Wall street sign in New York city financial economy and business district with America national flag background. Stock market trade and exchange zone.

The coronavirus — an unmitigated disaster for the world and the cause of so much personal suffering — actually boosted the stock market, as well as a lot of fashion, retail and luxury companies. 

Part of that has to do with the low interest rates and trillions of dollars lawmakers used to prop the suddenly shut-down economy. 

And part of it has to do with a change in outlook and attitude. Companies that were constantly chasing the carrot of never-ending growth were forced to stop, re-evaluate and find a new path forward and through the crisis. 

That meant big cost cuts, the jettisoning of non-core businesses, fewer promotions, tighter inventories — and a new corporate look that Wall Street investors are keen on. 

“This is real,” said Simeon Siegel, stock analyst at BMO Capital Markets, of the retail and fashion rally.

“The pandemic provided an opportunity, for those who took it, to refashion their business for the future,” he said. “It allowed everybody to take a minute and reflect on all the decisions being made. The pandemic stopped inertia.” 

Siegel pointed to L Brands Inc., which at least for now is parent to Victoria’s Secret, and Under Armour Inc., which backed away from its bold move in connected fitness, as companies that have made decisive moves. 

“They made very public, very expensive admissions of improvement by closing units, by pulling back on promotions, by selling aspects of their businesses that were not core and essentially by deconstructing the late-cycle decisions that were driven by a sole focus on growth without any care for what it costs,” Siegel said.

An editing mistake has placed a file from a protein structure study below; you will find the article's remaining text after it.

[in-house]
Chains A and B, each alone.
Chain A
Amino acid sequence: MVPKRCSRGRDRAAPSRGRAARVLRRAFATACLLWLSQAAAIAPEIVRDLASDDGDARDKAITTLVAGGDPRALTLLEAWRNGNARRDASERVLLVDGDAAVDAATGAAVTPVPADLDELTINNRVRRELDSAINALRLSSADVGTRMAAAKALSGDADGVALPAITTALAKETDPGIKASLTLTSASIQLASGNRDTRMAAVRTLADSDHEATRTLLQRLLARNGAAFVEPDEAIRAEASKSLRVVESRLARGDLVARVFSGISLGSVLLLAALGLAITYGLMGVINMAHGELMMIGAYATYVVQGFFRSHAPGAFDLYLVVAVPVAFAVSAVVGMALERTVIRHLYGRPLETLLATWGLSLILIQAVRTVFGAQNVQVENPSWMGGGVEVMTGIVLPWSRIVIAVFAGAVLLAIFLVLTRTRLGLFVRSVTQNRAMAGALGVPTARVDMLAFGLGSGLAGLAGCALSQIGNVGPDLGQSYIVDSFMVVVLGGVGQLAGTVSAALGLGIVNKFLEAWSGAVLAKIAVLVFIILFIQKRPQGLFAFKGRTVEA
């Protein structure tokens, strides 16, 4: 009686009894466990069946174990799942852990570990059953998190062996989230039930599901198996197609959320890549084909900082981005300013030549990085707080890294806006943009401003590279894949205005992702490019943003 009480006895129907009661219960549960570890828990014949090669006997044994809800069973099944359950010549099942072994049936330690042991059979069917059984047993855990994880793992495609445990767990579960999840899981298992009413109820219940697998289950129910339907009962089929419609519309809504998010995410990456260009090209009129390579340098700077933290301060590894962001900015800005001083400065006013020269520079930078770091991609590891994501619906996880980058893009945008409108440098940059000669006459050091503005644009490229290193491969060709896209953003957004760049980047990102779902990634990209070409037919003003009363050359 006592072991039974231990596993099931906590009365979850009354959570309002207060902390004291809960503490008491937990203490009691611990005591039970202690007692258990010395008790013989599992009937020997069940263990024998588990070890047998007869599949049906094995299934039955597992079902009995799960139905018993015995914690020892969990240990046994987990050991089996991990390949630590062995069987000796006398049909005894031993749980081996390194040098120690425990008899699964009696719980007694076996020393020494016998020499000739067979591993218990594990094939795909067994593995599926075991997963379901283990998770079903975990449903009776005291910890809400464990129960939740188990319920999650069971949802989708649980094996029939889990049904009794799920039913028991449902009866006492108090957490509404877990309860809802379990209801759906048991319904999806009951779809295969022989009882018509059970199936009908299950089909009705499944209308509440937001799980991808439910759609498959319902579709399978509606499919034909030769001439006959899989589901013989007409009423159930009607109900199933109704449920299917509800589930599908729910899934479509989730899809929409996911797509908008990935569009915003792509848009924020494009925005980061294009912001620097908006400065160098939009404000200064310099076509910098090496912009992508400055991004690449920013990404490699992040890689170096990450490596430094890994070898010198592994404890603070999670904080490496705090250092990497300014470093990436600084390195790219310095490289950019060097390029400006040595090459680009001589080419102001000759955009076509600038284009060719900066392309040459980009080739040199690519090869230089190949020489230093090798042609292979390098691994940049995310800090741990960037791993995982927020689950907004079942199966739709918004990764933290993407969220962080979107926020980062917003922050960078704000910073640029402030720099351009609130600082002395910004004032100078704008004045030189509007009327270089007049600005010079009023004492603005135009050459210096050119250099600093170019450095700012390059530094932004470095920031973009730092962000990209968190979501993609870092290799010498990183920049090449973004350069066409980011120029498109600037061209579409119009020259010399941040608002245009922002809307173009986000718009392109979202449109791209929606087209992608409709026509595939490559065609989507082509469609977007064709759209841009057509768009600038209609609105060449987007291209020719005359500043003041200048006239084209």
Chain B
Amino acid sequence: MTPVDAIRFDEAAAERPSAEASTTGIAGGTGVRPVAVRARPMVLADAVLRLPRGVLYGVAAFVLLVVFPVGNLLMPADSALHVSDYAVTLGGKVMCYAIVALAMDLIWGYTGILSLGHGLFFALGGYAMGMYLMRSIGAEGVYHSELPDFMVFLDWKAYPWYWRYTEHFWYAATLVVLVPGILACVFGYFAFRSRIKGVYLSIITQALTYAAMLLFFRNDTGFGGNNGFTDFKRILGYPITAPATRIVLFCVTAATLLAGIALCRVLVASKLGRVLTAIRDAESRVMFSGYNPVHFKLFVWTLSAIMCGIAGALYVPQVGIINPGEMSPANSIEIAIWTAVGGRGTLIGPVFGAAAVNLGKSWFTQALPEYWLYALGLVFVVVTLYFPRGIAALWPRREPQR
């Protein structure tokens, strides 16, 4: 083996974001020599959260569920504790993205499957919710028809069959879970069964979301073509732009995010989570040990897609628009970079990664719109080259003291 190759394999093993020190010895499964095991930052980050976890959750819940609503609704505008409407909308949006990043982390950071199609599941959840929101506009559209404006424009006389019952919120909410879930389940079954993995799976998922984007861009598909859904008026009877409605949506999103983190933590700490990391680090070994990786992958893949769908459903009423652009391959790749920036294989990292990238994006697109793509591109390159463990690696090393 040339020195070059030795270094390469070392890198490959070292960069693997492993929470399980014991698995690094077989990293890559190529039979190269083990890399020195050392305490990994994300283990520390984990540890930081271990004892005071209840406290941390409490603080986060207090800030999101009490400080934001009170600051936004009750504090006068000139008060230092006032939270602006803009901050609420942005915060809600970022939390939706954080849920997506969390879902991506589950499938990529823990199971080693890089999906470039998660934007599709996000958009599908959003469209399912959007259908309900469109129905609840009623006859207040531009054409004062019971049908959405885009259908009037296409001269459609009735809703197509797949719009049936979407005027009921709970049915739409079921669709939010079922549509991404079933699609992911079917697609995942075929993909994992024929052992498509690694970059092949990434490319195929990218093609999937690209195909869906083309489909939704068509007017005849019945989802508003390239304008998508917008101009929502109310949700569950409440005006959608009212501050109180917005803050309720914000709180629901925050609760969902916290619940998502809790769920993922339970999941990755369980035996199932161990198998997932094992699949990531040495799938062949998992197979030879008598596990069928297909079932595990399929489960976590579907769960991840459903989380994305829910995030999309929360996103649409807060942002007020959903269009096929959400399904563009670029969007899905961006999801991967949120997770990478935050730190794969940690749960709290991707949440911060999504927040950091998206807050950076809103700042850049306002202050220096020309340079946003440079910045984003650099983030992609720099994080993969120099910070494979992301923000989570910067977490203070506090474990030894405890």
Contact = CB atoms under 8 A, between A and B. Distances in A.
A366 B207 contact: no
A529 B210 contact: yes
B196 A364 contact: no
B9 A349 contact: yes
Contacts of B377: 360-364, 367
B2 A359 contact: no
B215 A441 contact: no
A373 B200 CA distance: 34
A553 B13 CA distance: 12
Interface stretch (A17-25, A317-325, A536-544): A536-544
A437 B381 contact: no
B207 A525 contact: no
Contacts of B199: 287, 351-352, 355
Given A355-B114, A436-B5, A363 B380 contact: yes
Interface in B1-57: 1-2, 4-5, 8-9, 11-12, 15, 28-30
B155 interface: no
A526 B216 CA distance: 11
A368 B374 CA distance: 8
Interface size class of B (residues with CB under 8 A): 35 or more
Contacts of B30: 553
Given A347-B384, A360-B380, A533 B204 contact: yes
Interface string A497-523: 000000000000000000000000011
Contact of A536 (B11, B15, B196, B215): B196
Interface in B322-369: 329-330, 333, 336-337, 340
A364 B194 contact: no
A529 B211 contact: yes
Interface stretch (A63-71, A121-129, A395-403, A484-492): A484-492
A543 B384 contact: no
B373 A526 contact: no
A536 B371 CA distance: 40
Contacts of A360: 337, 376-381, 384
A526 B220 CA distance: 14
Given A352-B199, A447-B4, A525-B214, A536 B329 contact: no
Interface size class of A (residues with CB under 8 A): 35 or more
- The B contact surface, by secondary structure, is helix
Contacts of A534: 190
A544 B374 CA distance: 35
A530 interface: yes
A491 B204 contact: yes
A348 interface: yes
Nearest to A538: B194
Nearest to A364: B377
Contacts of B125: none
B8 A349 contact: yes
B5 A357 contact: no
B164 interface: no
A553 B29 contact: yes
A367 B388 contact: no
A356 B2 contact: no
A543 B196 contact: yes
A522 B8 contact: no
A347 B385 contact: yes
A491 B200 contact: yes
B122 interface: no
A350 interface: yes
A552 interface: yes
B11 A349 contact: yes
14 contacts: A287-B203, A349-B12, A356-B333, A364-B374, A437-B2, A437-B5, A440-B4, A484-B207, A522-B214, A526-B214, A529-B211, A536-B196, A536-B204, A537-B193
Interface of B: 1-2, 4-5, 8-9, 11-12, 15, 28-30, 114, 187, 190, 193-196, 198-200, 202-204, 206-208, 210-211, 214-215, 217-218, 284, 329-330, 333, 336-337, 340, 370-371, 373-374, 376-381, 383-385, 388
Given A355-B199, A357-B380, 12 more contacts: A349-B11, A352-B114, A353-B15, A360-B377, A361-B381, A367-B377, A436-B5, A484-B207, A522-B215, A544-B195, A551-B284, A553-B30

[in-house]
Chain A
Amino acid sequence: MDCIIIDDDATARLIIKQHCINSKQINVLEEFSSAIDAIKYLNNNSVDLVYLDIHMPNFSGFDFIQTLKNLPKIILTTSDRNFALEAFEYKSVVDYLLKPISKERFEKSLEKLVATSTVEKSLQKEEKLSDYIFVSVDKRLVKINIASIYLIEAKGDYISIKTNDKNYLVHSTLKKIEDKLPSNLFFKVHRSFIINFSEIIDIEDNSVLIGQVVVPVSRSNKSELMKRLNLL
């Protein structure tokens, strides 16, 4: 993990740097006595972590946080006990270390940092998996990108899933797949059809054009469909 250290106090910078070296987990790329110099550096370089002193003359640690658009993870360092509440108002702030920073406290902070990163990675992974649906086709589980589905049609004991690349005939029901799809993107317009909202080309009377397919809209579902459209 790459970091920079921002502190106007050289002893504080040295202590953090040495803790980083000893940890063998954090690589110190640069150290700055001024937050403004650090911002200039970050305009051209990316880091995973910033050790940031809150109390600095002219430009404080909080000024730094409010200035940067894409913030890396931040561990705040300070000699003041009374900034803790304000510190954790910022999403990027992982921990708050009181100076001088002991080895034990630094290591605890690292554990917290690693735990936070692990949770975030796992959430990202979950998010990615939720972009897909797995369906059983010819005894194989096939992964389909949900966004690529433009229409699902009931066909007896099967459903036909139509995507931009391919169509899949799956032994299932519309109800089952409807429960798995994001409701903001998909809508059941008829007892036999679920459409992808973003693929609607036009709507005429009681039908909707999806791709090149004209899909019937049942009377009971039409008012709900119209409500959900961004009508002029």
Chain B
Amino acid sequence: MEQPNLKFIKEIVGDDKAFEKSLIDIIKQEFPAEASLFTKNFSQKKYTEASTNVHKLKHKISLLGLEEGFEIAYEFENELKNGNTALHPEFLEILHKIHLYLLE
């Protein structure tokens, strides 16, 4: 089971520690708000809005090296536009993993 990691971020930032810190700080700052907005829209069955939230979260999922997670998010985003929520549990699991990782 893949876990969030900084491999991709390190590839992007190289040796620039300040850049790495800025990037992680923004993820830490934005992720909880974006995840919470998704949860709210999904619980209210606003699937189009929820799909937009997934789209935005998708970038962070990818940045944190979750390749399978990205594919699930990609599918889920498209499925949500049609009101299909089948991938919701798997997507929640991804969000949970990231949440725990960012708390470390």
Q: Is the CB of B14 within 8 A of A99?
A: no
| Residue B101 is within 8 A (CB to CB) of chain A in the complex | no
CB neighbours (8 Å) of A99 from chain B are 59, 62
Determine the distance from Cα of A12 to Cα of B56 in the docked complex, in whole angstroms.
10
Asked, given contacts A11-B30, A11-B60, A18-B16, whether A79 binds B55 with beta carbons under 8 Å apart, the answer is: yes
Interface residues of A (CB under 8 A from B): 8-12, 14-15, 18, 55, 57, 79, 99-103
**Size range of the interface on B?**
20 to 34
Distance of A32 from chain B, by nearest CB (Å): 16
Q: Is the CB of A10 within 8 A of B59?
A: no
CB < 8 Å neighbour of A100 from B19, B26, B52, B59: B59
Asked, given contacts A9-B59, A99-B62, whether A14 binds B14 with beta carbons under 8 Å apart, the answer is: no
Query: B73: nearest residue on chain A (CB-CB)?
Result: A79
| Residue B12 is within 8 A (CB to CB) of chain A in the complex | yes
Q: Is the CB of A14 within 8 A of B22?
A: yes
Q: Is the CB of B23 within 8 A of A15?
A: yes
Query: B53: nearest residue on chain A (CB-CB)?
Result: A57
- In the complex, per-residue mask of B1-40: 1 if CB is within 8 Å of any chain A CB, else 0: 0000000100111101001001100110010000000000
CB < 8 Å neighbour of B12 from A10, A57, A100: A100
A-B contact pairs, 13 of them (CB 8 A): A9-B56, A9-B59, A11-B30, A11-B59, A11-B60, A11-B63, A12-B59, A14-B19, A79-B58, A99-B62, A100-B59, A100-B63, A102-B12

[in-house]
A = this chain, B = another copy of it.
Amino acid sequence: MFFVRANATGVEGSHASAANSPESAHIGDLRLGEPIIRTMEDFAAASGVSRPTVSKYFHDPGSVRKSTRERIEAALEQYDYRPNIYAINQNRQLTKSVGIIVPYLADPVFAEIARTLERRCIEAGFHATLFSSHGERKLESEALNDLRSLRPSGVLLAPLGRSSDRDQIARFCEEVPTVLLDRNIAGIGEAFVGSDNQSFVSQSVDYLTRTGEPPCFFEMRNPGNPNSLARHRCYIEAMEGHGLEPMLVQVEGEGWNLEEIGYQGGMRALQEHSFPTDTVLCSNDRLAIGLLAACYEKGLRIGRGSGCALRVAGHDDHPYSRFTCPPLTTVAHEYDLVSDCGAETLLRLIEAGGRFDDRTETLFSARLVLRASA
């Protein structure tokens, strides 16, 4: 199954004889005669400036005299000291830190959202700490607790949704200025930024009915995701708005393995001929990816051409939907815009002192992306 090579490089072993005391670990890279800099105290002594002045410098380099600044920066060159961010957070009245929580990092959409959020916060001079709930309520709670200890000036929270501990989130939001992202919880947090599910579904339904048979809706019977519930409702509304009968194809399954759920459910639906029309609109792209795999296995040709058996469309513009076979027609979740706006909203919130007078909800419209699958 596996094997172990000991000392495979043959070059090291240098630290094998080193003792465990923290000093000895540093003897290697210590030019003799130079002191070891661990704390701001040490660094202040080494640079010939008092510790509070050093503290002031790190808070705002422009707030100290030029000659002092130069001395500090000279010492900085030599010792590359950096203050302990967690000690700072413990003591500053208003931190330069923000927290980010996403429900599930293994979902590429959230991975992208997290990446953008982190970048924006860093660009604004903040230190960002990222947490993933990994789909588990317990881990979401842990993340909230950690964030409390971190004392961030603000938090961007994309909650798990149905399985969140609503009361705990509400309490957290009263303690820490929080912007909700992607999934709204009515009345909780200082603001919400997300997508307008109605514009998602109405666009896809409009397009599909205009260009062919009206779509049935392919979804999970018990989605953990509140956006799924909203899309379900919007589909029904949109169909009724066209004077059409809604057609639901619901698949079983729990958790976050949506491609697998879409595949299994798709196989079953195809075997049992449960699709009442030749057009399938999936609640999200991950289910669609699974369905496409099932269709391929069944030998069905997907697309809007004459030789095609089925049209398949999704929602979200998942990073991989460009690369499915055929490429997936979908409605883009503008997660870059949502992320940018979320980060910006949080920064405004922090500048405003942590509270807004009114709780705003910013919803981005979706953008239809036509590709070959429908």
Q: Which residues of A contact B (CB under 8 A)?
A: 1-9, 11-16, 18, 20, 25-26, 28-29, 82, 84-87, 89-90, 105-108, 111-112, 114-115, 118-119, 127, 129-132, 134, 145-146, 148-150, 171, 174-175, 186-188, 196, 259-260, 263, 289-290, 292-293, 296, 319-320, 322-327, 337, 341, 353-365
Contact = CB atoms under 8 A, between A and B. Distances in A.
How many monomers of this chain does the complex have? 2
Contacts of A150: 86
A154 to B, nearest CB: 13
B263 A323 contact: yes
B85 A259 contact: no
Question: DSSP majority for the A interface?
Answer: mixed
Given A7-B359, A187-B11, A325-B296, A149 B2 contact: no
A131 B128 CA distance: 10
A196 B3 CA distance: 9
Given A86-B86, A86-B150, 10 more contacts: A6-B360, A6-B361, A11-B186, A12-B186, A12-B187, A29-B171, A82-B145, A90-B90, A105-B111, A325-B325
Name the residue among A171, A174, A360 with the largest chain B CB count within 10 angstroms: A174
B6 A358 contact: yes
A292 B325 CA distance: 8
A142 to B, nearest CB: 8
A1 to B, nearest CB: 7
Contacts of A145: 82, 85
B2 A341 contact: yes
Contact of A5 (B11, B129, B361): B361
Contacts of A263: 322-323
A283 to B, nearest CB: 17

L Brands’ stock is up 284 percent over the past year while Under Armour is ahead 122 percent. 

They’re not alone. Platform darling Farfetch, mall mainstay Gap Inc., and department store Macy’s Inc. have all more than doubled the value of their stocks, despite a world of trouble and a gain of just 55 percent in the Dow Jones Industrial Average. 

Here, a look at just how much key players have gained in the market over the past year.

The Pandemic Rally

Despite the pain of COVID-19, government stimulus and strategic rests have helped fashion stocks.
Company  Stock Price 3/12/21 One-year Change
Farfetch $59.50 648%
Revolve Group Inc. $47.71 428%
L Brands Inc. $60.81 284%
Capri Holdings $54.06 277%
Abercrombie & Fitch Co. $34.20 240%
Gap Inc. $30.81 206%
Tapestry Inc. $44.61 197%
Kohl’s Corp. $60.46 173%
RealReal Inc. $23.22 164%
Macy’s Inc. $18.73 154%
G-III Apparel Group $32.49 145%
PVH Corp. $107.30 143%
Under Armour Inc. $19.44 122%
Nordstrom Inc. $41.37 108%
Moncler 52.04 euros 106%
Target Corp. $180.01 98%
Levi Strauss & Co. $25.14 93%
LVMH Moët Hennessy Louis Vuitton 563.40 euros 91%
Nike Inc. $140.45 91%
Estée Lauder Companies Inc. $289.21 85%
Amazon $3,089.49 84%
Lululemon Athletica Inc. $306.08 81%
Hermès International 954.20 euros 71%
Burberry Group 21.40 pounds 64%
Kering 596.40 euros 60%
Ralph Lauren Corp. $123.98 57%
Dow Jones Industrial Average 32,777.98 55%
Source: Google Finance, Yahoo Finance

 

 

 

More from WWD: 

Who Won 2020? Retail Earnings Tell the COVID-19 Tale

ThredUp Vs. Poshmark Vs. RealReal on Wall Street

Clerisy Growth Fund Launches With $100M and an Eye on Consumer

 

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